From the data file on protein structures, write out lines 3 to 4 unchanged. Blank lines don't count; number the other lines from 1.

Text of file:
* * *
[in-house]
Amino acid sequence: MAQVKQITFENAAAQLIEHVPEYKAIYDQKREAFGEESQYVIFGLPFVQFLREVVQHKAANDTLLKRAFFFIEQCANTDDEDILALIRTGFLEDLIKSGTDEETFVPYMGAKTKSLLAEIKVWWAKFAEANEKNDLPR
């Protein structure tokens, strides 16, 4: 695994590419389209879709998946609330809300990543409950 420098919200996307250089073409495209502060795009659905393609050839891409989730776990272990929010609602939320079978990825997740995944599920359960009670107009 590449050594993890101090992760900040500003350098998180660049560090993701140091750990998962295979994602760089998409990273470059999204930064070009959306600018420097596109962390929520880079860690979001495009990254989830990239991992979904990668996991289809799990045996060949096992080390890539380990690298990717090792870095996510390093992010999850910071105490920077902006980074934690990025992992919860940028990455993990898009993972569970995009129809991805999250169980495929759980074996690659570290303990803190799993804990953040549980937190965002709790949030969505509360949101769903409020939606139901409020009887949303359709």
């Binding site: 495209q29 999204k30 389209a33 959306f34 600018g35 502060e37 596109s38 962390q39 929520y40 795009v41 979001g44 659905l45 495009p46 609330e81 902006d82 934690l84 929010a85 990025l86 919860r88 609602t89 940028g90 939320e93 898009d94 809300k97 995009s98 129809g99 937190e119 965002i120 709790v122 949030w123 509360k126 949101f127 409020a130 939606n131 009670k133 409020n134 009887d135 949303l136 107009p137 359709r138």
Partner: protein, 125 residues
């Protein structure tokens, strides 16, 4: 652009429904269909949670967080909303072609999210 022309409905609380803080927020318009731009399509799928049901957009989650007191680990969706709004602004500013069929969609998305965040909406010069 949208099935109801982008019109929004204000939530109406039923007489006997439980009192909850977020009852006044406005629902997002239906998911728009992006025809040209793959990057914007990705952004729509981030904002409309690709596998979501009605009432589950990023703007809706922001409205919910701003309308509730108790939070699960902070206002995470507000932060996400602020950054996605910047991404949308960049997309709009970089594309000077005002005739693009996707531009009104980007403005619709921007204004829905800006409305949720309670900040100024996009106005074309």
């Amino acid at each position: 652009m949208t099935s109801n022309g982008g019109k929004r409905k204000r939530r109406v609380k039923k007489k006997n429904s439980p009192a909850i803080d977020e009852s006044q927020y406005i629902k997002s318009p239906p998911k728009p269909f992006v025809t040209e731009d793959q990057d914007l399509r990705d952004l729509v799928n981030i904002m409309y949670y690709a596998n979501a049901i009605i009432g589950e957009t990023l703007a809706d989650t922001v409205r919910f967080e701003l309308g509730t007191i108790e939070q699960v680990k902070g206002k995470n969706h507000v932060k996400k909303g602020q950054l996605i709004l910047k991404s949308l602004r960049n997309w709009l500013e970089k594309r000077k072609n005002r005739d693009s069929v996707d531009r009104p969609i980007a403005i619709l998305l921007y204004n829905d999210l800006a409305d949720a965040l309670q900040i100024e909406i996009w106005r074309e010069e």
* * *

């Protein structure tokens, strides 16, 4: 695994590419389209879709998946609330809300990543409950 420098919200996307250089073409495209502060795009659905393609050839891409989730776990272990929010609602939320079978990825997740995944599920359960009670107009 590449050594993890101090992760900040500003350098998180660049560090993701140091750990998962295979994602760089998409990273470059999204930064070009959306600018420097596109962390929520880079860690979001495009990254989830990239991992979904990668996991289809799990045996060949096992080390890539380990690298990717090792870095996510390093992010999850910071105490920077902006980074934690990025992992919860940028990455993990898009993972569970995009129809991805999250169980495929759980074996690659570290303990803190799993804990953040549980937190965002709790949030969505509360949101769903409020939606139901409020009887949303359709």
């Binding site: 495209q29 999204k30 389209a33 959306f34 600018g35 502060e37 596109s38 962390q39 929520y40 795009v41 979001g44 659905l45 495009p46 609330e81 902006d82 934690l84 929010a85 990025l86 919860r88 609602t89 940028g90 939320e93 898009d94 809300k97 995009s98 129809g99 937190e119 965002i120 709790v122 949030w123 509360k126 949101f127 409020a130 939606n131 009670k133 409020n134 009887d135 949303l136 107009p137 359709r138």